This report is from Day 16 of our 2005 Summer Vacation, on August 12, 2005.
The Froggie/LadyMegs 2005 Great Circle Tour, Day 16: last run to
After a long Day 15 that ended with us finally finding a hotel room late, Day 16 was relatively straightforward, as we were more interested in getting back to Syracuse in a timely matter. To that effect, our route was pretty basic...I-70 to I-79 to I-90. This also marked the last time I'd be driving to Syracuse before Meaghan moves in October. [Editor's Note: due to Hurricane Katrina, I wound up with one more trip to Syracuse, so this wasn't the last one after all.]
- Starting out eastbound I-70...at the large-area I-70/I-77 interchange, control cities for I-77 were Cleveland and Marietta.
- I-470 splits off of I-70 in the vicinity of St. Clairsville, a fair-sized town west of Wheeling. East of St. Clairsville, there weren't any interchanges along I-70 until the access interchange to OH 7 and US 250. The connection between the two is indirect....almost Breezewood-ish...
- US 250 is duplexed with I-70 across the Ohio River and through the Wheeling Tunnel. Most of this stretch lacked shoulders and had a 45 MPH speed limit, given the very substandard design as well as lane drops around the US 40/WV 2 interchange.
- Saw some ghost stubs at the I-70/US 250 South interchange. Was an extension of the US 250/WV 2 freeway to the north planned?
- I-70 is briefly 6 lanes on the east side of Wheeling, for a couple miles before I-470 merges back in.
- The western I-70/I-79 interchange is a 3-way semi-directional stack interchange....similar to the "semi-directional T" mentioned on Kurumi's interchange guide.
- Exit 43 on northbound I-79 had "Eighty-Four" as a control city.
- Once in Allegheny County, a major reconstruction project was underway on I-79, extending all the way up to and including the I-279 interchange. All traffic was on the southbound side as the northbound lanes were all torn apart. It looks like PennDOT is widening this stretch as part of the reconstruction.
- Approaching the I-79 Ohio River crossing from the south is a fairly long grade with several tight curves. A truck speed limit of 45 MPH is imposed here.
- The interchange I-79 has on Neville Island (Exit 65...in the middle of the Ohio River), is partly over the southern branch of the river itself. The northern branch of the river is apparently the main channel....the I-79 bridge here is a 6-lane tied-arch bridge, although the 3rd lane on each side is only an auxiliary lane between the two interchanges on each side.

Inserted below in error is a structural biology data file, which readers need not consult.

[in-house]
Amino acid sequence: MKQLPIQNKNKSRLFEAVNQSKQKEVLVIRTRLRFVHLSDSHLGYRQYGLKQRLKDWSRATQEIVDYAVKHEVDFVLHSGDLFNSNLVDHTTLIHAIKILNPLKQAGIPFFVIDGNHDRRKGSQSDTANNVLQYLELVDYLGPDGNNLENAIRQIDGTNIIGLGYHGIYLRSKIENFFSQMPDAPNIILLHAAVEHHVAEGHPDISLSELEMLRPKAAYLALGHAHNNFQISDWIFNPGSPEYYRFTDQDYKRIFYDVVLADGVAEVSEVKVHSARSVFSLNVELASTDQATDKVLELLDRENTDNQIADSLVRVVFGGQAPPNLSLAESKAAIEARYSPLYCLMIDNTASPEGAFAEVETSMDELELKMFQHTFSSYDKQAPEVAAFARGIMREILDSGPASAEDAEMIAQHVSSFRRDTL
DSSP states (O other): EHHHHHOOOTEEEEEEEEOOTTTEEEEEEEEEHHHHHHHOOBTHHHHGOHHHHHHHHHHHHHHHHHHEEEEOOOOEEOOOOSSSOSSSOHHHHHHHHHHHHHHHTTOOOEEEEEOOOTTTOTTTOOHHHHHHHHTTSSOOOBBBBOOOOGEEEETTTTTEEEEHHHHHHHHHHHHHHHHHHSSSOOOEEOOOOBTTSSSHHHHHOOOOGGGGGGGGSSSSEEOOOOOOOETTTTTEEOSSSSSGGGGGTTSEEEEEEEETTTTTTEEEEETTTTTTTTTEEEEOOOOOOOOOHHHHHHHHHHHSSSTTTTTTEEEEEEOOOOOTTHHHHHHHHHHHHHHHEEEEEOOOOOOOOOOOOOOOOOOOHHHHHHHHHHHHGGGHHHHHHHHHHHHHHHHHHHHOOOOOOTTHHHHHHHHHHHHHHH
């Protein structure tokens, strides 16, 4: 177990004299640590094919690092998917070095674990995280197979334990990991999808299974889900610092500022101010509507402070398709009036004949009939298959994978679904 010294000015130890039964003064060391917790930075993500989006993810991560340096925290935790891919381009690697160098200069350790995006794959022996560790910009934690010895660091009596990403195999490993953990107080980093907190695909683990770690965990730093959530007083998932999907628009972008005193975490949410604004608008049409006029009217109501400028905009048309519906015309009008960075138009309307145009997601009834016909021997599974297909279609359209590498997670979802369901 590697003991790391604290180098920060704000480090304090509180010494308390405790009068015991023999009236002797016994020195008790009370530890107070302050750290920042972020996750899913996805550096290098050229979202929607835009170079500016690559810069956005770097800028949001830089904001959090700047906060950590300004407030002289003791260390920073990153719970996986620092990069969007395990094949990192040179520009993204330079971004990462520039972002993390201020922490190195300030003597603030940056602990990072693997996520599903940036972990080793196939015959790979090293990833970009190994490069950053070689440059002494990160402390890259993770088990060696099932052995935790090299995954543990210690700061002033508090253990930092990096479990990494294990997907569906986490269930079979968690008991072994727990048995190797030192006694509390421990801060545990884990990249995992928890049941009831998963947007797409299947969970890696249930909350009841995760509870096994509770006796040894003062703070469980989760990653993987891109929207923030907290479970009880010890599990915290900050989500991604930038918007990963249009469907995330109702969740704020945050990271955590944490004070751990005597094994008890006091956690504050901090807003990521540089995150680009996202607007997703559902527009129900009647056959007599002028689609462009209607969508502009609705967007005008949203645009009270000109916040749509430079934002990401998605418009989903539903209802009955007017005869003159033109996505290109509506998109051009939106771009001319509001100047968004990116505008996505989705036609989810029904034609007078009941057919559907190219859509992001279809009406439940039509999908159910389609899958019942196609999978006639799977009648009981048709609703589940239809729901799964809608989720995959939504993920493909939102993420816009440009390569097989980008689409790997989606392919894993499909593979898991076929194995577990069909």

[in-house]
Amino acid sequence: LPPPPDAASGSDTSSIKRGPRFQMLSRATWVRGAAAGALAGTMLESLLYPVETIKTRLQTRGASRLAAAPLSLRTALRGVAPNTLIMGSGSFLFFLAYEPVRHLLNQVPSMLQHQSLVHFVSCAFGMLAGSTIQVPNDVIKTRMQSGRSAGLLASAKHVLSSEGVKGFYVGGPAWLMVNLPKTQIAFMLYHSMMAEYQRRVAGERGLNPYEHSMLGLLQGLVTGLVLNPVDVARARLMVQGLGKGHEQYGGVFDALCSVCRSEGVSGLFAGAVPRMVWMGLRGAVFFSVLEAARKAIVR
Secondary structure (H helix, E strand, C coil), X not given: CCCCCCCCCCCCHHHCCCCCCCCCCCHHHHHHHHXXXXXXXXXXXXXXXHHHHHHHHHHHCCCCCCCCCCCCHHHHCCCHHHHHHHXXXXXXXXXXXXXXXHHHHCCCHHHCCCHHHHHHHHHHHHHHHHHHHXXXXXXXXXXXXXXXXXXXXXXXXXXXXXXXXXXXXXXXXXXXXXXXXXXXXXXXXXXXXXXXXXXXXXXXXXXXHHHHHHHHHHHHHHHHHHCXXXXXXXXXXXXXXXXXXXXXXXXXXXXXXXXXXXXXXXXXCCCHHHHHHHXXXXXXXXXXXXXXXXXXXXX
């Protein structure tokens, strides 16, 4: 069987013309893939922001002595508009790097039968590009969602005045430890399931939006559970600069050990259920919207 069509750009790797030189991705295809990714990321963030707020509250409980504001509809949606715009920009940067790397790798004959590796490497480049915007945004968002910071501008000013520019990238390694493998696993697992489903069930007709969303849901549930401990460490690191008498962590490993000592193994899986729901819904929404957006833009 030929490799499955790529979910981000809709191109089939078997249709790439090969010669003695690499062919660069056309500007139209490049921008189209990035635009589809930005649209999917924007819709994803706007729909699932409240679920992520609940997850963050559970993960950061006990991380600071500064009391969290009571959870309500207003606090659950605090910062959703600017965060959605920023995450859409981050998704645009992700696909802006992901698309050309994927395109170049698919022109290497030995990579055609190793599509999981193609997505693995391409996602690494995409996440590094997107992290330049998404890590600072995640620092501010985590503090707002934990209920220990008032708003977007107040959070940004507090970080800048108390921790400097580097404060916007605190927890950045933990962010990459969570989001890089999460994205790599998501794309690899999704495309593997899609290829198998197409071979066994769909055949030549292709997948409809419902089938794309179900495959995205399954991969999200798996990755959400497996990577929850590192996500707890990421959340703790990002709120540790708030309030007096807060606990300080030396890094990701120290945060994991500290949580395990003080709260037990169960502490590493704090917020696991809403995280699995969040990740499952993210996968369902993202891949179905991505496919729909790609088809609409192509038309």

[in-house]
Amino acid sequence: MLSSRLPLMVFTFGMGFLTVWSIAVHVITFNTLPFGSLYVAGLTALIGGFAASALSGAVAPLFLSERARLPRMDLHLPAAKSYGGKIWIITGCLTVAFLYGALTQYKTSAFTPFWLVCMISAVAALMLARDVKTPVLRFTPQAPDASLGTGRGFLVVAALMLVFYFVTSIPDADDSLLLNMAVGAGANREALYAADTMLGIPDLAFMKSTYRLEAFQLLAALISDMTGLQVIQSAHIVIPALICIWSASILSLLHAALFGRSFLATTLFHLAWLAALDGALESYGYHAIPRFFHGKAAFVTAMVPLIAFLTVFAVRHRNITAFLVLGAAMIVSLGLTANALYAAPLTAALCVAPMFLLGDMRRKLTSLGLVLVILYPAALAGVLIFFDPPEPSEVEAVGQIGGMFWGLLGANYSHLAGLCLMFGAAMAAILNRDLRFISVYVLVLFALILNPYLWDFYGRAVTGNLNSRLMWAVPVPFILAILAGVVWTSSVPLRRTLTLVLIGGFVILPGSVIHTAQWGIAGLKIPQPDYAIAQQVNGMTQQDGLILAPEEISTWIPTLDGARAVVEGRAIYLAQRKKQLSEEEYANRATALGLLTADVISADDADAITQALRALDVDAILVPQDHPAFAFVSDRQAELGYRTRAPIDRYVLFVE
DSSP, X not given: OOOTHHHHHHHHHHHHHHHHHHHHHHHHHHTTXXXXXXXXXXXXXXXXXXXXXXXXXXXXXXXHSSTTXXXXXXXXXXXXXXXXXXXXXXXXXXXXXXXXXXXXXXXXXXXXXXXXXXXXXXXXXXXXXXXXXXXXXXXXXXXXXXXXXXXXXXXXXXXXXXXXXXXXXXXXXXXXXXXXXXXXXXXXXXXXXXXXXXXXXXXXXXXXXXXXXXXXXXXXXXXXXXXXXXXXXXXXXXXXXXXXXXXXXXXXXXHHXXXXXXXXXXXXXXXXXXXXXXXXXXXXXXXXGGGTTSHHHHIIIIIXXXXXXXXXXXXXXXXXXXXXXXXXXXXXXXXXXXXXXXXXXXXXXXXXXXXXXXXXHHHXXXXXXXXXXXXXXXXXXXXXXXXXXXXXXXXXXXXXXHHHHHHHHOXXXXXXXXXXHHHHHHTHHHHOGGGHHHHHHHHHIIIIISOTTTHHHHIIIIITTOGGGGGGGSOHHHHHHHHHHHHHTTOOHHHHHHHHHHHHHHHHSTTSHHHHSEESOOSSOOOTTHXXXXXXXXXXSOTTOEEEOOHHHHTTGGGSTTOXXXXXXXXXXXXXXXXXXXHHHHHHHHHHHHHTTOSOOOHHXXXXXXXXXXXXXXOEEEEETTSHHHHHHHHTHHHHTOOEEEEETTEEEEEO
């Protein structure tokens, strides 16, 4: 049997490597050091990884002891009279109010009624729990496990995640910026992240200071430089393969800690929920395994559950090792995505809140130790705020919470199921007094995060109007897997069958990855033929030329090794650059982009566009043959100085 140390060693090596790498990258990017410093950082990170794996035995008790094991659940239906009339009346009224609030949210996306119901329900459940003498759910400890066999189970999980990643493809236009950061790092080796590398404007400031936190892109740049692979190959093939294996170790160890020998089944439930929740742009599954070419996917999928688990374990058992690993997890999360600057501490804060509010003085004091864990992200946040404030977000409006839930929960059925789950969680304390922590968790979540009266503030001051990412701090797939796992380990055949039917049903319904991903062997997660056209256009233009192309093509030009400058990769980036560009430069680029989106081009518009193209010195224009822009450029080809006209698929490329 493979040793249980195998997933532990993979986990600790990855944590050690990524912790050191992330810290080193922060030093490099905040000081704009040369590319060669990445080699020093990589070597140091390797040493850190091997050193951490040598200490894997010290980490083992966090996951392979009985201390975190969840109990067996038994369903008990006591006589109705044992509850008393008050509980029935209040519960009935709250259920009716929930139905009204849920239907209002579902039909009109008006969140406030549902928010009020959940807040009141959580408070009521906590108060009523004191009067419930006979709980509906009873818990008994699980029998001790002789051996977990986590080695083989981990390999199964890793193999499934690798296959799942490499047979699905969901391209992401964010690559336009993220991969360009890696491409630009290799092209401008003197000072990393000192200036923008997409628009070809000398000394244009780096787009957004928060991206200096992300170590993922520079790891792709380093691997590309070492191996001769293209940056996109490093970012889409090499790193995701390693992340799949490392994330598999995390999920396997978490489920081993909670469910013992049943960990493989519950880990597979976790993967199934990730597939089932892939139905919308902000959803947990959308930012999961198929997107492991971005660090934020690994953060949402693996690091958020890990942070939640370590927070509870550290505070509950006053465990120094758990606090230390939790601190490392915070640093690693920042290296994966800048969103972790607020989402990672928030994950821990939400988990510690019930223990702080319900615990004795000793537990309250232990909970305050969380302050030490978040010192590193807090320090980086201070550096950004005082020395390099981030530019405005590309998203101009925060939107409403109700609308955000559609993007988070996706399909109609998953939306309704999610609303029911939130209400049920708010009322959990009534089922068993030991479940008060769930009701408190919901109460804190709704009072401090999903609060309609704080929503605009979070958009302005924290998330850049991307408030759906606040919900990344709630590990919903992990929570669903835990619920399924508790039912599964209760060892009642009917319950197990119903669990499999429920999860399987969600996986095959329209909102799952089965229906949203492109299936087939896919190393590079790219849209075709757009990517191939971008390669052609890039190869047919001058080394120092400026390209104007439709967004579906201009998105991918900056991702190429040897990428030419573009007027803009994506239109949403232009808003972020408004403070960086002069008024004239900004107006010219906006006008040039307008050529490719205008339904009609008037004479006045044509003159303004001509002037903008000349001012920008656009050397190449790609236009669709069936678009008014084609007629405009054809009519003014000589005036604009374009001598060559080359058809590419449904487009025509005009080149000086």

- I-79 widens to 6 lanes where I-279 merges in...but then narrows back to 4 lanes at the US 19 interchange at Exit 76, only a mile short of the new Cranberry Connector (Exit 77) between I-79 and the PA Turnpike.
- The Cranberry Connector interchange on I-79 is in effect a huge trumpet interchange, with the ramp from the Turnpike to northbound I-79 being the loop. Southbound I-79 has a C/D road between the Connector and the PA 228 interchange to the north, while the northbound side simply has an auxiliary lane between the two interchanges.
- The 1-mile advance guide sign for the I-80 interchange has "JUNCTION" above the I-80 shield. It appears this is a relic of when the interchange was unnumbered, before mile-based exit numbering came to Pennsylvania.
- Our only real side trip this day was to take I-79 to its end in Erie. Before the end, the interchange at US 20 looks like an incomplete directional interchange. A couple of ramps to/from the east were missing.
- Exit 183B, the ramp to PA 5 West, is about 200 feet before a traffic signal at the end of I-79, where the road continues as a route to the "Erie Bayfront". Heading the other direction, the first southbound I-79 reassurance shield is about 100 feet past the traffic light and was of note in that it had widely space numbers and also had the state name in the shield.
- To cut the corner to get to I-90, we got off at the PA 99 interchange, which didn't work out so well as it also happened to be the interchange for the mall. In the process, I snapped an "END PA 99" shield at US 19.
- The mainline toll barriers for the west end of the NYS Thruway was just east of an interchange for Shortman Rd.
- I-90 is 6 lanes and free between US 219 and I-290, through the eastern Buffalo suburbs. There were mainline toll plazas on each side of the free section. The southernmost section of this, between US 219 and Exit 55 (the next exit to the north) was actually more like a 2-2-2-2 configuration...with I-90 in the middle and the ramps to/from US 219 on the outside.
- The guide signage for the I-190 exit had "TOLL ROAD" to the right of the I-190 shield.
- This has probably been mentioned before, but I-90 is 6 lanes between the eastern I-490 interchange and NY 332.
- A little east of NY 332, an overpass over I-90 was about halfway through the process of being completely replaced. Bridge beams were in place over the westbound lanes, but not over the eastbound lanes.
Got back to Syracuse in time for dinner and a quick unwind. Meaghan's vacation was over, but I still had 2 more days to get down to Mississippi and my next duty station.
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(C) 2007, Adam Froehlig